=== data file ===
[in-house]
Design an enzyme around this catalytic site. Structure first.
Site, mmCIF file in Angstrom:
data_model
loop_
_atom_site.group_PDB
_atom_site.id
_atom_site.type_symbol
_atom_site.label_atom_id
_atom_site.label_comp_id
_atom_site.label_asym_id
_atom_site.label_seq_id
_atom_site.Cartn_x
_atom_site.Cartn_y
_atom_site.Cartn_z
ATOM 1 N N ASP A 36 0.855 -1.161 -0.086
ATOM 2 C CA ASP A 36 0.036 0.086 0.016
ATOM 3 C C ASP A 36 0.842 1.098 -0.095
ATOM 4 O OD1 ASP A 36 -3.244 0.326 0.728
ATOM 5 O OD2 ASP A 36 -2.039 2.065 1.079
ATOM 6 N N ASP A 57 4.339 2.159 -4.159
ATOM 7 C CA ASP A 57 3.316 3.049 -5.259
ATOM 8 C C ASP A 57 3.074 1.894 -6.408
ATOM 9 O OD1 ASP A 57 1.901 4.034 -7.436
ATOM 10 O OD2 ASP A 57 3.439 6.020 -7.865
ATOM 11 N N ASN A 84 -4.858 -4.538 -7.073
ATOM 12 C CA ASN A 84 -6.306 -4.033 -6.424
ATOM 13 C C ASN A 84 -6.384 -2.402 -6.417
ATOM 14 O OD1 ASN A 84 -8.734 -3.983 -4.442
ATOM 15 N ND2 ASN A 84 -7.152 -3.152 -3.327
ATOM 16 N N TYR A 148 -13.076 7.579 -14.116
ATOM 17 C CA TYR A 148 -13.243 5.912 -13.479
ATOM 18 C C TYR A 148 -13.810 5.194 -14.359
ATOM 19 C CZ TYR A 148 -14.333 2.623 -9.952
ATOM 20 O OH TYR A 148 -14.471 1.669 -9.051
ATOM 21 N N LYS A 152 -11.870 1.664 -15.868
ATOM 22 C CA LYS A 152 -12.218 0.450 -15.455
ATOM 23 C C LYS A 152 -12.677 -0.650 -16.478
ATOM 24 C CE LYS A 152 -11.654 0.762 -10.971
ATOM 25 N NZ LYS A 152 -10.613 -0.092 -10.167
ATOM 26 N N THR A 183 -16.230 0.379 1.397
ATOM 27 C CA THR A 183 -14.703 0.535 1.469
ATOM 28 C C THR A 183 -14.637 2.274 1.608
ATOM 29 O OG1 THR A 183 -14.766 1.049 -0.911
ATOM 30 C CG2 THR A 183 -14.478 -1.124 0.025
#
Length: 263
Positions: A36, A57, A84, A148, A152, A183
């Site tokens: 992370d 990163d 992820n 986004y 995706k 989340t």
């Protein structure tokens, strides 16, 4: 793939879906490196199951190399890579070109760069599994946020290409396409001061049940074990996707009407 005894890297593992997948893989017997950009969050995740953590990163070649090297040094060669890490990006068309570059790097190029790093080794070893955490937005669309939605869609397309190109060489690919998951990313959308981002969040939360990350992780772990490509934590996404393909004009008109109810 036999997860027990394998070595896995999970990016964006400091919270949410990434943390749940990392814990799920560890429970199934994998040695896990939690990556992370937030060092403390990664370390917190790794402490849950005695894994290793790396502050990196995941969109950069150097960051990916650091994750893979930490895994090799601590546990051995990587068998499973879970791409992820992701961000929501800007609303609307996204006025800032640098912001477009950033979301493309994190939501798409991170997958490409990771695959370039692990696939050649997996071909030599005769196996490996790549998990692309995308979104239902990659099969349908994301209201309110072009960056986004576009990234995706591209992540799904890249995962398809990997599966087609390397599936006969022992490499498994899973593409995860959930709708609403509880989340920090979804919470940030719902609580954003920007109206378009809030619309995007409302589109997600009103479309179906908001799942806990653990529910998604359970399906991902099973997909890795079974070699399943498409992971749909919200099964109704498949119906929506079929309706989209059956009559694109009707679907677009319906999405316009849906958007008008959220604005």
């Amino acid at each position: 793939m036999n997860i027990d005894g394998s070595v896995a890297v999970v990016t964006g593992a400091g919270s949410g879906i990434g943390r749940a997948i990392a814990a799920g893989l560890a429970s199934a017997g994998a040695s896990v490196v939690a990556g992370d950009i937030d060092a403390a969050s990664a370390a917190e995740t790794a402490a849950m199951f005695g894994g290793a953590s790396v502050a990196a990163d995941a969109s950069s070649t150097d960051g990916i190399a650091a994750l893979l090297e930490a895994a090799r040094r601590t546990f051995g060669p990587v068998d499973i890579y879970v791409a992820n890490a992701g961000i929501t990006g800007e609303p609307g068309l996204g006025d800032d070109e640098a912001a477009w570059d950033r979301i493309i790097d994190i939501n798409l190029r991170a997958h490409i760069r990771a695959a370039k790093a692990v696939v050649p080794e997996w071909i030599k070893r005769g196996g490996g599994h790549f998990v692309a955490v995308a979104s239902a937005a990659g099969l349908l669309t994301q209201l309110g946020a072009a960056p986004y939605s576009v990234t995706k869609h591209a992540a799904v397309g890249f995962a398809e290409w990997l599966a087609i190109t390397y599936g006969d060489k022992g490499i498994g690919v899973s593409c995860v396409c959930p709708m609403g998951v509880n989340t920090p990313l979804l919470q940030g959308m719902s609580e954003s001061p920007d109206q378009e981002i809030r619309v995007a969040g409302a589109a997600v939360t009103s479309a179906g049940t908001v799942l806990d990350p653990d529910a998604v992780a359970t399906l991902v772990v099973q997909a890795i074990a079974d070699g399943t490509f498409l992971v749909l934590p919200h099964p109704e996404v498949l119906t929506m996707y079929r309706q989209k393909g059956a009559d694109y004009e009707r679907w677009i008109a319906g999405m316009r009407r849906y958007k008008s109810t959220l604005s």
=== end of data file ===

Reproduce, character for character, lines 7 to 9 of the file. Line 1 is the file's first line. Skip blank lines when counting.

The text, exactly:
_atom_site.id
_atom_site.type_symbol
_atom_site.label_atom_id